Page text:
Earlier this week, the Fairfax County Board of Supervisors approved final design plans for the project, which is expected to cost $11.4 million, according to the Fairfax County Department of Transportation.
The bridge includes retaining walls and directional access to Wiehle Avenue for trail users. Wiehle Avenue would be widened from Sunset Hills Road to the Reston Fire Station property in order to make way for future on-road bike lanes.
Plans have long been identified by the Reston Metrorail Access Group’s plan to improve vehicle, bicycle and pedestrian access near the new Wiehle-Reston East Metrorail Station.
Robin Geiger, a spokeswoman for FCOD, said design plans are currently 90 percent complete. The project timeline expects utility design and relocation to take a little over a year-and-a-half, land acquisition to take a year, construction authorization and permitting to take eight months and construction to take one year.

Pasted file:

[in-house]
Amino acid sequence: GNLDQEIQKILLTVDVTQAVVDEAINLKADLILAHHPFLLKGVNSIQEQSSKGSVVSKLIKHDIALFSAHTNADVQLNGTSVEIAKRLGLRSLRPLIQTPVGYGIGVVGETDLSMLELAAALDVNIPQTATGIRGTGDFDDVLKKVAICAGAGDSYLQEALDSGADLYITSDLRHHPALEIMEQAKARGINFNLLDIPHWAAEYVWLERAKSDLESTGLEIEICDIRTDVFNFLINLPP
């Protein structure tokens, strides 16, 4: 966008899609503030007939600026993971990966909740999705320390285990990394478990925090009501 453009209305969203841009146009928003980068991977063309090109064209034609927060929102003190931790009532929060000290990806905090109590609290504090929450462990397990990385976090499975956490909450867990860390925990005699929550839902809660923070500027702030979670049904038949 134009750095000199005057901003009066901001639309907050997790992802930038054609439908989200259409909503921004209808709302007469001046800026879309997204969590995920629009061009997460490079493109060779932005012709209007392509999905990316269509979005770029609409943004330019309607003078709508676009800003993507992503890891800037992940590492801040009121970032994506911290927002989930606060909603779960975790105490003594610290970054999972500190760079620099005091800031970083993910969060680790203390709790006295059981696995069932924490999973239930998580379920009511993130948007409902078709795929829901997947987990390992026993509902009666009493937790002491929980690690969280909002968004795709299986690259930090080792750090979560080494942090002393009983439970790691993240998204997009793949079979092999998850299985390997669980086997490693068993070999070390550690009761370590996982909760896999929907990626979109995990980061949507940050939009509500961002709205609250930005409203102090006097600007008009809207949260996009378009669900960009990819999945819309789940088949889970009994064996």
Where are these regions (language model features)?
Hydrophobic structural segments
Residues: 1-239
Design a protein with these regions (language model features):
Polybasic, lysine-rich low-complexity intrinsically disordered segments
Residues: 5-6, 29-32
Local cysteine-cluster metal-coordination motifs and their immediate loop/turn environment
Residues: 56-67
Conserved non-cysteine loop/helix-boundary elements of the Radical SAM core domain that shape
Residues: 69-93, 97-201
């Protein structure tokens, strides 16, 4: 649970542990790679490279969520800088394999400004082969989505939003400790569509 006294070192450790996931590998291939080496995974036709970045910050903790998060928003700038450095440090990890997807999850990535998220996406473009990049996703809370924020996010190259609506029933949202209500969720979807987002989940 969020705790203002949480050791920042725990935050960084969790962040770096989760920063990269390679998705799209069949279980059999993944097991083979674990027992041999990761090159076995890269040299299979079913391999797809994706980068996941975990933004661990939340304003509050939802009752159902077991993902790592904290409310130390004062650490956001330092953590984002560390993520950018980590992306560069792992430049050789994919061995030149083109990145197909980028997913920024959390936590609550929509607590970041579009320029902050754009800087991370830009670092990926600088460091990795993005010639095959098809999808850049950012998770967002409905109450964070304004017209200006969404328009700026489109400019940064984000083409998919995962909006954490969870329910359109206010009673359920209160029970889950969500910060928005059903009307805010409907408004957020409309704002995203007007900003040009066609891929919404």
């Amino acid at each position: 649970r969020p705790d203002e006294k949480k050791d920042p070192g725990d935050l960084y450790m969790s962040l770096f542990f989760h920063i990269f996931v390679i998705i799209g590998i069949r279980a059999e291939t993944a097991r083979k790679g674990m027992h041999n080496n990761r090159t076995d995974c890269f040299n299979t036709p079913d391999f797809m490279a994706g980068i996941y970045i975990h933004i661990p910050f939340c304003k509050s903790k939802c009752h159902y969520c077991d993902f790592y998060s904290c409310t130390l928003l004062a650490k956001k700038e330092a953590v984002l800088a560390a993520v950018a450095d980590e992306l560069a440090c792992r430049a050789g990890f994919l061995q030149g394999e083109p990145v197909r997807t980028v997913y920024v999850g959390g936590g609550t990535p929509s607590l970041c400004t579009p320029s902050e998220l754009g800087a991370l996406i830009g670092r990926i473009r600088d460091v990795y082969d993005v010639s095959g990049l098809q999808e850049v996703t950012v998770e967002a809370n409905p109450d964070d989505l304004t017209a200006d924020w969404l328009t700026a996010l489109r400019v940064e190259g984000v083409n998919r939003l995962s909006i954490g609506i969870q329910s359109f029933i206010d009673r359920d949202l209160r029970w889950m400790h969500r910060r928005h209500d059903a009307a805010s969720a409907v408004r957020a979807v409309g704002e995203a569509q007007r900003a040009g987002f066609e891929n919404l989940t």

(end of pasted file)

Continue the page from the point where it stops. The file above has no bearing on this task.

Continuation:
Hunter Mill District Supervisor Cathy Hudgins said the project faces the challenge of ensuring the bridge maintains synergy in the midst of urban properties that are coming together down the street.
The developer of the Isaac Newtown properties, which are being redeveloped, said they were concerned the project’s scale interferes with the development. County officials said they would work with the developer to mitigate any concerns.
However, according to FCDOT, the height of the bridge is necessary because the design of the bridge uses existing infrastructure in order to cut cost costs. The height is also vital to meet grade requirements and requirements stipulated by the Americans with Disabilities Act.
Rendering via FCDOT
A grade-separated crossing and bridge at the Washington & Old Dominion Trail at Wiehle Avenue could be coming closer to reality.
The Fairfax County Board of Supervisors will consider a motion tomorrow (July 10) to allow the county officials to move forward with land acquisition and final design plans.